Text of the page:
Utah Takes The Wheel In Fight Against Drunk Driving, Lowers BAC Standard
The history of drunk driving in this country — and, indeed, all over the world — is a long and storied one. It wasn’t until 1998 that President Clinton demanded a change to prevent the many tragic and unnecessary alcohol-related deaths and injuries that occurred each year on American roads: a legal blood alcohol content (BAC) limit of .08% was set and enforced nationwide.
The state of Utah recently decided that he didn’t go far enough. As of December 30th, 2018, the salty state lowered the BAC limit to .05%, imposing the strictest drunk driving limit in the entire country. It’s no surprise that the change came the day before New Year’s Eve, one of the most alcohol-laden nights of the year.
It’s been a long time coming,” said Rep. Norm Thurston, R-Provo, who sponsored the original legislation that passed in 2017. “It’s good to have it take effect so we can have the public safety benefit.”
Not everyone saw the change as a positive one: Thurston received angry phone calls, emails, and even negative advertisements, but he has endured on the belief that the .08% law made individuals believe that it was okay to drink and drive if they weren’t completely intoxicated.
“Impairment begins with the first drink,” he said, “and if you are drinking, don’t drive.”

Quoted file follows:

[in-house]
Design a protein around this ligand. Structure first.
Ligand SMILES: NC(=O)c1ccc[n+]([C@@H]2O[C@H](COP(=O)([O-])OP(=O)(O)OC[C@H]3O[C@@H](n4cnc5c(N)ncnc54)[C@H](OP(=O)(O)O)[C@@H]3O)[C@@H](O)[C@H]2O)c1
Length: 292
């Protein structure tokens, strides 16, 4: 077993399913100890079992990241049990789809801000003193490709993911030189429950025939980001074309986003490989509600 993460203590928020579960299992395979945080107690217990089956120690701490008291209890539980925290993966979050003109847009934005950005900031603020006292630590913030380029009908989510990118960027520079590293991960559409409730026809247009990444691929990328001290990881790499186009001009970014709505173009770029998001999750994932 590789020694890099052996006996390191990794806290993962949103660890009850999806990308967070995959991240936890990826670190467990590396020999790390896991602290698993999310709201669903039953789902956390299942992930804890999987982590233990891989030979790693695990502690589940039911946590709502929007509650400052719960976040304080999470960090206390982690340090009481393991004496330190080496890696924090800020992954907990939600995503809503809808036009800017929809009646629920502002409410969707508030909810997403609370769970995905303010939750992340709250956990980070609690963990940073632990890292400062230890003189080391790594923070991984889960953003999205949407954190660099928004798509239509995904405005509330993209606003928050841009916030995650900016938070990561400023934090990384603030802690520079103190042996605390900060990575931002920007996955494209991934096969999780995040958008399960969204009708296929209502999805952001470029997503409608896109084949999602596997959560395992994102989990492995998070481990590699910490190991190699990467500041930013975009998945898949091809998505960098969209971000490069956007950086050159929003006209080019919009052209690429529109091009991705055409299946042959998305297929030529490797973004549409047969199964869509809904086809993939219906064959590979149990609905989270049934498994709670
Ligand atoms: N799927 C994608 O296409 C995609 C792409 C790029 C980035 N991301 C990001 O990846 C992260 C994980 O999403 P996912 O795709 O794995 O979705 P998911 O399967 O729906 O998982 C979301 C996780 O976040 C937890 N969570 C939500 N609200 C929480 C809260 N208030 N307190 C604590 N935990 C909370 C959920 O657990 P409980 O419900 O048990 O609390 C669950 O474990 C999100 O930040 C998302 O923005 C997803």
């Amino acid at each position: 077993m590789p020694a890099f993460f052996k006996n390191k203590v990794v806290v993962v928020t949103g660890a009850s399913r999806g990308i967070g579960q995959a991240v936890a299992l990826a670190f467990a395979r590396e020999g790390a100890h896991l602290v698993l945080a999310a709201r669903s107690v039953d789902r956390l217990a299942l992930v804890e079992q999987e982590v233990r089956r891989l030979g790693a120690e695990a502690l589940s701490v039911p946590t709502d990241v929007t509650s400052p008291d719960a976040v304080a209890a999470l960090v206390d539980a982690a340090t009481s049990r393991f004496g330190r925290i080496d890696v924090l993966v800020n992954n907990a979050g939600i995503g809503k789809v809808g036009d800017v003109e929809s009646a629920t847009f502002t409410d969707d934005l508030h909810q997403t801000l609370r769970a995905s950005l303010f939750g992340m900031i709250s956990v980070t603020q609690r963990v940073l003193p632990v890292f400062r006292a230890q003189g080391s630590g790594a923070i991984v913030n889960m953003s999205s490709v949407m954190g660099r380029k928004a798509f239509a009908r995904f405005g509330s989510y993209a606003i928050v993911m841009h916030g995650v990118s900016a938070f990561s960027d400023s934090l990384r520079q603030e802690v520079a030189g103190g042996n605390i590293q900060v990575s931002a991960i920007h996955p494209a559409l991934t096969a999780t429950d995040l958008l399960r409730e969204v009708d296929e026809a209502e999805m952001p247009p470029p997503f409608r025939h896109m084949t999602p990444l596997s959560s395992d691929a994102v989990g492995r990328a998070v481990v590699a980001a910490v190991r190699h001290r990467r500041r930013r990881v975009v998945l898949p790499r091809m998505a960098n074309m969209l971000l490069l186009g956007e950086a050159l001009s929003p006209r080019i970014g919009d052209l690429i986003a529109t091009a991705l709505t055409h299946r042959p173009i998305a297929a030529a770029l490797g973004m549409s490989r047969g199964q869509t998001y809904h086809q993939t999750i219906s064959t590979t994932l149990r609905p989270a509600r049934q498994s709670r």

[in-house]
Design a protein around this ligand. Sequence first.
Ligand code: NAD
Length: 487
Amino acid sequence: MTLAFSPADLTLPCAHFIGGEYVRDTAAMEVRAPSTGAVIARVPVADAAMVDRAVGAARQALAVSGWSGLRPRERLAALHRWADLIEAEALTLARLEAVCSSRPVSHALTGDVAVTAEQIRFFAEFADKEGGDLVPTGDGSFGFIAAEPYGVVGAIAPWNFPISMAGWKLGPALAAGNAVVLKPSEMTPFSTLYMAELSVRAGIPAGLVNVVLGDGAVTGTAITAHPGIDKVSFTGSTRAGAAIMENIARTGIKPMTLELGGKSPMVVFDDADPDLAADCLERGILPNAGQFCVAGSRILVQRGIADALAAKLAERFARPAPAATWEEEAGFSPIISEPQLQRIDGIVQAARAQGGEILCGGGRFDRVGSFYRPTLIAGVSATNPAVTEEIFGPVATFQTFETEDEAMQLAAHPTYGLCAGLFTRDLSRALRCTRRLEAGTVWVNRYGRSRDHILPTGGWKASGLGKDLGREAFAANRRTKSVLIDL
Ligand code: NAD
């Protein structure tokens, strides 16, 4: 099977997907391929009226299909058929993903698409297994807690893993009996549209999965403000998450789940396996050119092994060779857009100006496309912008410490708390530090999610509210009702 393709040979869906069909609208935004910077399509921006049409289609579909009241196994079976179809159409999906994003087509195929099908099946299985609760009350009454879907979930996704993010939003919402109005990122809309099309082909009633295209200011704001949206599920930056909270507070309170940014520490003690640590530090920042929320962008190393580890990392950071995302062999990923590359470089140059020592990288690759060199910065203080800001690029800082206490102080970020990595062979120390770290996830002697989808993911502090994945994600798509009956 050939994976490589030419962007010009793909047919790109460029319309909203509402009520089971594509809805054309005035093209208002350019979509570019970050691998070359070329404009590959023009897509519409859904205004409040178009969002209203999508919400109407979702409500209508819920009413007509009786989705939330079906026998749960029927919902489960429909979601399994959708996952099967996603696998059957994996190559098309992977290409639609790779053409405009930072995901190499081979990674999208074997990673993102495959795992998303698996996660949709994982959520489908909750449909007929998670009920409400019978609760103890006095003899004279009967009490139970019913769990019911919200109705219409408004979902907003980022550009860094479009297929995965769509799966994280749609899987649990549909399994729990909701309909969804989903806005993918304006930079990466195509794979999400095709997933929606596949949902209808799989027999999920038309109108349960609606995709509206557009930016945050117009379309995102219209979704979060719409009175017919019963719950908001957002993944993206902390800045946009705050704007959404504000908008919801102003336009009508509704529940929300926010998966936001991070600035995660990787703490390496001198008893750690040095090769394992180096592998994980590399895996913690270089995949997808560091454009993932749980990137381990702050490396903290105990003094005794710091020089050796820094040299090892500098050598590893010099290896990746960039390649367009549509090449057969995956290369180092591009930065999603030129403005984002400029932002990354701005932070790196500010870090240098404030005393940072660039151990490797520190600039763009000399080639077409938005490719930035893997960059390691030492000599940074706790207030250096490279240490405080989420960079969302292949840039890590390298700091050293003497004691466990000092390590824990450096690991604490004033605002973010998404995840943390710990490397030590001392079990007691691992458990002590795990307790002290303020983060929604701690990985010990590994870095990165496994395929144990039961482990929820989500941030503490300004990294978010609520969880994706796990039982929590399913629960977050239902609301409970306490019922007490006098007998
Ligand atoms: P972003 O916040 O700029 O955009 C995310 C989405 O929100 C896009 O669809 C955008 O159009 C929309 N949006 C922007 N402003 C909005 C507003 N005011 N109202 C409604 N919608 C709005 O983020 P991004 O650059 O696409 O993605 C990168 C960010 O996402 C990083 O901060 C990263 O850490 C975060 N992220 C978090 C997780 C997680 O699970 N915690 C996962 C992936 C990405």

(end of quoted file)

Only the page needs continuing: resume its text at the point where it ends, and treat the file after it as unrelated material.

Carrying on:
And the U.S. certainly loves to drink. In 2016, it was estimated that 949 million gallons of wine were consumed by thirsty Americans. In fact, red wine is actually recommended as a part of a healthy and well-rounded diet.
Red wine contains resveratrol, a chemical compound produced by plants that acts similarly to antioxidants. This means that exposure can prevent damage to blood vessels (especially those in your heart), lower cholesterol, and even reduce the chance of blood clots thanks to its anti-inflammatory properties. Among those health benefits is, some believe, access to the fountain of youth.
Because it behaves like an antioxidant, resveratrol can neutralize free radicals, which are believed to cause aging. This has led hair loss sufferers — 60% of which would rather have hair than money or friends — to depend on the miracle cure. Whether they’re downing it after dinner or rubbing it on their heads, the potential health benefits (specifically related to hair recovery) of red wine have undoubtedly led people to consume more of the flavorful fluid than they normally would.
The cost of a DUI can reach up to $20,000; though Utah’s new law may more seriously enforce the repercussions associated with such a severe crime, it may not be able to handle the root of the problem. From overconfidence to the hair-saving benefits of resveratrol, one thing is for certain: if you drink past your .05% limit, the Utah State Police won’t go easy.